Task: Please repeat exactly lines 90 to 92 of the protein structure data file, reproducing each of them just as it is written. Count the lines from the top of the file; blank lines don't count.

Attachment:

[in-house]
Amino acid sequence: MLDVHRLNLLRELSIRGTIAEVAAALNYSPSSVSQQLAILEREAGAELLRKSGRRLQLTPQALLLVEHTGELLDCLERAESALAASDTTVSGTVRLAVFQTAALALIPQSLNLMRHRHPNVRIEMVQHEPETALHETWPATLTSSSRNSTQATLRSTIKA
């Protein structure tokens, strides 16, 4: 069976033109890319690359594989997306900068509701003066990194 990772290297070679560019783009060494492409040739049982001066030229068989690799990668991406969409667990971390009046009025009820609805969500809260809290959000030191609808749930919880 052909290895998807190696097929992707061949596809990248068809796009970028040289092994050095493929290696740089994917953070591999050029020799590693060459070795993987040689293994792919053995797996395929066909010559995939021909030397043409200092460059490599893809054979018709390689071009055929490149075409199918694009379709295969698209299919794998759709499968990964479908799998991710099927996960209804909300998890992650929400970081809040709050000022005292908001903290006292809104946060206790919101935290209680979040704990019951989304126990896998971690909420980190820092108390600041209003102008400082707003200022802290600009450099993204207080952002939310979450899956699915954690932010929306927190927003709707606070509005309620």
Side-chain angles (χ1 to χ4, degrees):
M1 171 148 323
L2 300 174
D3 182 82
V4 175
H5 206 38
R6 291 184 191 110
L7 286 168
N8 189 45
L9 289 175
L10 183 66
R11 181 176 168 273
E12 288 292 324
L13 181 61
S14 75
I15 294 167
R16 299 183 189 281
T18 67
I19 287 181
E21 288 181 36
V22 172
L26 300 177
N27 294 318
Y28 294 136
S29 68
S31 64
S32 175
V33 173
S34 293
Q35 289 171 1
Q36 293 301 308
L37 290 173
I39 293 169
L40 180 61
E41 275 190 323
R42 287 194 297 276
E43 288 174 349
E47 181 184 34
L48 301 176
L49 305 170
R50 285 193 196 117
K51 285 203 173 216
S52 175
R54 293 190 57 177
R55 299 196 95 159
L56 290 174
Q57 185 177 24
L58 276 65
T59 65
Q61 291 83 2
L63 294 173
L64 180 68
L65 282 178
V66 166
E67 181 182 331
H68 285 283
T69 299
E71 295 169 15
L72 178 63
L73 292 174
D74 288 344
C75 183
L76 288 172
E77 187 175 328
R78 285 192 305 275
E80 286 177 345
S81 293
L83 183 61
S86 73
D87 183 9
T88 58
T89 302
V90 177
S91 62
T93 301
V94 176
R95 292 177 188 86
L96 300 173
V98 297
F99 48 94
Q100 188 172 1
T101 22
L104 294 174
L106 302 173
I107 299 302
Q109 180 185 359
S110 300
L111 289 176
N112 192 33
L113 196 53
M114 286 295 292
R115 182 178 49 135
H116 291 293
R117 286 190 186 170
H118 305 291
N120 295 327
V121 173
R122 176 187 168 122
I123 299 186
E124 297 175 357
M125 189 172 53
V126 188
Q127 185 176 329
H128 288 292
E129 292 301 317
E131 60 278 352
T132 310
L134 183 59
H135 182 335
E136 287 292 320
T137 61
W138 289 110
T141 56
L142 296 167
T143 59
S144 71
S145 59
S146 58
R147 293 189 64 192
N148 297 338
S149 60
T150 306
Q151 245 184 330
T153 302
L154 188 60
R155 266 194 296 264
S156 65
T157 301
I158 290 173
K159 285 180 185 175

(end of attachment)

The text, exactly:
S110 300
L111 289 176
N112 192 33